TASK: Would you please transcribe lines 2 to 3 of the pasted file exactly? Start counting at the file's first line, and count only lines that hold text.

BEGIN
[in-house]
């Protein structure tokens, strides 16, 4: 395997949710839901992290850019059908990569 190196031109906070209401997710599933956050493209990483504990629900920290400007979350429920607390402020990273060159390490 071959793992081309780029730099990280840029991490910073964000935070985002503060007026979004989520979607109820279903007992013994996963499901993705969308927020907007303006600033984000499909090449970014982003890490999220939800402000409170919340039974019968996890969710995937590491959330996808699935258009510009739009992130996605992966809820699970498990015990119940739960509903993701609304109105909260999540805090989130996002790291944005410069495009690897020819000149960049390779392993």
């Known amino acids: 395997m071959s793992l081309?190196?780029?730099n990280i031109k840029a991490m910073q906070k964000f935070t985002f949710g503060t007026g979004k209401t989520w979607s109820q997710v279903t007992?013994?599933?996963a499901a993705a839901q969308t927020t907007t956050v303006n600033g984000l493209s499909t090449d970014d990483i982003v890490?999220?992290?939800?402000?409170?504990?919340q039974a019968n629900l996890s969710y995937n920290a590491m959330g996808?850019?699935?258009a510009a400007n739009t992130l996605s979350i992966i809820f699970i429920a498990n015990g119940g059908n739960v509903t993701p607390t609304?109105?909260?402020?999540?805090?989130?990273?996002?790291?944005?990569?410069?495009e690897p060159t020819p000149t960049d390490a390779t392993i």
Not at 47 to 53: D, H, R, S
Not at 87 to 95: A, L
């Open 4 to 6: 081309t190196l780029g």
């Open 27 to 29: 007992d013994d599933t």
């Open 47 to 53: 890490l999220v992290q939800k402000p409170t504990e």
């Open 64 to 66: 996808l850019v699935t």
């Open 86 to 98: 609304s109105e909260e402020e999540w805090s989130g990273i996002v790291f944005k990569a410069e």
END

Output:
């Protein structure tokens, strides 16, 4: 395997949710839901992290850019059908990569 190196031109906070209401997710599933956050493209990483504990629900920290400007979350429920607390402020990273060159390490 071959793992081309780029730099990280840029991490910073964000935070985002503060007026979004989520979607109820279903007992013994996963499901993705969308927020907007303006600033984000499909090449970014982003890490999220939800402000409170919340039974019968996890969710995937590491959330996808699935258009510009739009992130996605992966809820699970498990015990119940739960509903993701609304109105909260999540805090989130996002790291944005410069495009690897020819000149960049390779392993």
């Known amino acids: 395997m071959s793992l081309?190196?780029?730099n990280i031109k840029a991490m910073q906070k964000f935070t985002f949710g503060t007026g979004k209401t989520w979607s109820q997710v279903t007992?013994?599933?996963a499901a993705a839901q969308t927020t907007t956050v303006n600033g984000l493209s499909t090449d970014d990483i982003v890490?999220?992290?939800?402000?409170?504990?919340q039974a019968n629900l996890s969710y995937n920290a590491m959330g996808?850019?699935?258009a510009a400007n739009t992130l996605s979350i992966i809820f699970i429920a498990n015990g119940g059908n739960v509903t993701p607390t609304?109105?909260?402020?999540?805090?989130?990273?996002?790291?944005?990569?410069?495009e690897p060159t020819p000149t960049d390490a390779t392993i």